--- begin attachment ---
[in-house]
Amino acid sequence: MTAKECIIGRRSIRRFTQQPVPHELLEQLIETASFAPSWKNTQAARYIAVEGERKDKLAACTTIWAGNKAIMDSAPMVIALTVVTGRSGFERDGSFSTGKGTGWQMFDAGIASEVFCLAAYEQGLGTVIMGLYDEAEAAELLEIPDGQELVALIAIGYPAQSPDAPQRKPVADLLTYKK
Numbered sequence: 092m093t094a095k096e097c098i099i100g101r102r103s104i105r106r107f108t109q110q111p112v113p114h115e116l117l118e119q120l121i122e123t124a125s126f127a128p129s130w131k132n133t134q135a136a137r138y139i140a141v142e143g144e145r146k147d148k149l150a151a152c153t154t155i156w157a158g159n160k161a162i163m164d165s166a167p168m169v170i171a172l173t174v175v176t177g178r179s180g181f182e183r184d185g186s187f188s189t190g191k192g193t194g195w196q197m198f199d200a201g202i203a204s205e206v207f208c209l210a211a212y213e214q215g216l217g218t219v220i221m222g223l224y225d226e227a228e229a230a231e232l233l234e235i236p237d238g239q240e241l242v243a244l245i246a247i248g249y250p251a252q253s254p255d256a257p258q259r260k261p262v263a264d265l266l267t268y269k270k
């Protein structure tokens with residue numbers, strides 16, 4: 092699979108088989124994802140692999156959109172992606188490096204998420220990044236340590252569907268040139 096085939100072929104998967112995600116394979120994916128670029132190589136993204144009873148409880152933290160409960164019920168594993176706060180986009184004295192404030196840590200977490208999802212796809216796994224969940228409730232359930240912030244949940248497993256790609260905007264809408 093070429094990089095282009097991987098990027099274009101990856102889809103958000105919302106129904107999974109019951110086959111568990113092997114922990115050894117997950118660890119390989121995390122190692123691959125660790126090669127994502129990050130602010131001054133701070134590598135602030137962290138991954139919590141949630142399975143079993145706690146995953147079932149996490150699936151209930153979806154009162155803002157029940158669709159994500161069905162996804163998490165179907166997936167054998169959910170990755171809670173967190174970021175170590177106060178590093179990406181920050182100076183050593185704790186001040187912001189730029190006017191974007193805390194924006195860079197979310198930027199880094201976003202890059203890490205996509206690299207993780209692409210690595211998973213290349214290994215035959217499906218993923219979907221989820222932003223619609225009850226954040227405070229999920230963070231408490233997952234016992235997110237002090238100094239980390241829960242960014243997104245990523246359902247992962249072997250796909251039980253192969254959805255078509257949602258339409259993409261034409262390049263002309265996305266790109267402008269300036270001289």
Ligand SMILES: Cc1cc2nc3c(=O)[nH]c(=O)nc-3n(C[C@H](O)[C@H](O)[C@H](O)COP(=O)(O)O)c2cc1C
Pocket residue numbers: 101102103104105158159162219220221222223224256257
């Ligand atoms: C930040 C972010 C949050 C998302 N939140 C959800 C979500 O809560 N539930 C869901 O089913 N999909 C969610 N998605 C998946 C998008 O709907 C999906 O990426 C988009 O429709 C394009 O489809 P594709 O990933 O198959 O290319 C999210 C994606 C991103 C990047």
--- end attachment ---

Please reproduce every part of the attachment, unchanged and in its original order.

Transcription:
[in-house]
Amino acid sequence: MTAKECIIGRRSIRRFTQQPVPHELLEQLIETASFAPSWKNTQAARYIAVEGERKDKLAACTTIWAGNKAIMDSAPMVIALTVVTGRSGFERDGSFSTGKGTGWQMFDAGIASEVFCLAAYEQGLGTVIMGLYDEAEAAELLEIPDGQELVALIAIGYPAQSPDAPQRKPVADLLTYKK
Numbered sequence: 092m093t094a095k096e097c098i099i100g101r102r103s104i105r106r107f108t109q110q111p112v113p114h115e116l117l118e119q120l121i122e123t124a125s126f127a128p129s130w131k132n133t134q135a136a137r138y139i140a141v142e143g144e145r146k147d148k149l150a151a152c153t154t155i156w157a158g159n160k161a162i163m164d165s166a167p168m169v170i171a172l173t174v175v176t177g178r179s180g181f182e183r184d185g186s187f188s189t190g191k192g193t194g195w196q197m198f199d200a201g202i203a204s205e206v207f208c209l210a211a212y213e214q215g216l217g218t219v220i221m222g223l224y225d226e227a228e229a230a231e232l233l234e235i236p237d238g239q240e241l242v243a244l245i246a247i248g249y250p251a252q253s254p255d256a257p258q259r260k261p262v263a264d265l266l267t268y269k270k
């Protein structure tokens with residue numbers, strides 16, 4: 092699979108088989124994802140692999156959109172992606188490096204998420220990044236340590252569907268040139 096085939100072929104998967112995600116394979120994916128670029132190589136993204144009873148409880152933290160409960164019920168594993176706060180986009184004295192404030196840590200977490208999802212796809216796994224969940228409730232359930240912030244949940248497993256790609260905007264809408 093070429094990089095282009097991987098990027099274009101990856102889809103958000105919302106129904107999974109019951110086959111568990113092997114922990115050894117997950118660890119390989121995390122190692123691959125660790126090669127994502129990050130602010131001054133701070134590598135602030137962290138991954139919590141949630142399975143079993145706690146995953147079932149996490150699936151209930153979806154009162155803002157029940158669709159994500161069905162996804163998490165179907166997936167054998169959910170990755171809670173967190174970021175170590177106060178590093179990406181920050182100076183050593185704790186001040187912001189730029190006017191974007193805390194924006195860079197979310198930027199880094201976003202890059203890490205996509206690299207993780209692409210690595211998973213290349214290994215035959217499906218993923219979907221989820222932003223619609225009850226954040227405070229999920230963070231408490233997952234016992235997110237002090238100094239980390241829960242960014243997104245990523246359902247992962249072997250796909251039980253192969254959805255078509257949602258339409259993409261034409262390049263002309265996305266790109267402008269300036270001289």
Ligand SMILES: Cc1cc2nc3c(=O)[nH]c(=O)nc-3n(C[C@H](O)[C@H](O)[C@H](O)COP(=O)(O)O)c2cc1C
Pocket residue numbers: 101102103104105158159162219220221222223224256257
């Ligand atoms: C930040 C972010 C949050 C998302 N939140 C959800 C979500 O809560 N539930 C869901 O089913 N999909 C969610 N998605 C998946 C998008 O709907 C999906 O990426 C988009 O429709 C394009 O489809 P594709 O990933 O198959 O290319 C999210 C994606 C991103 C990047």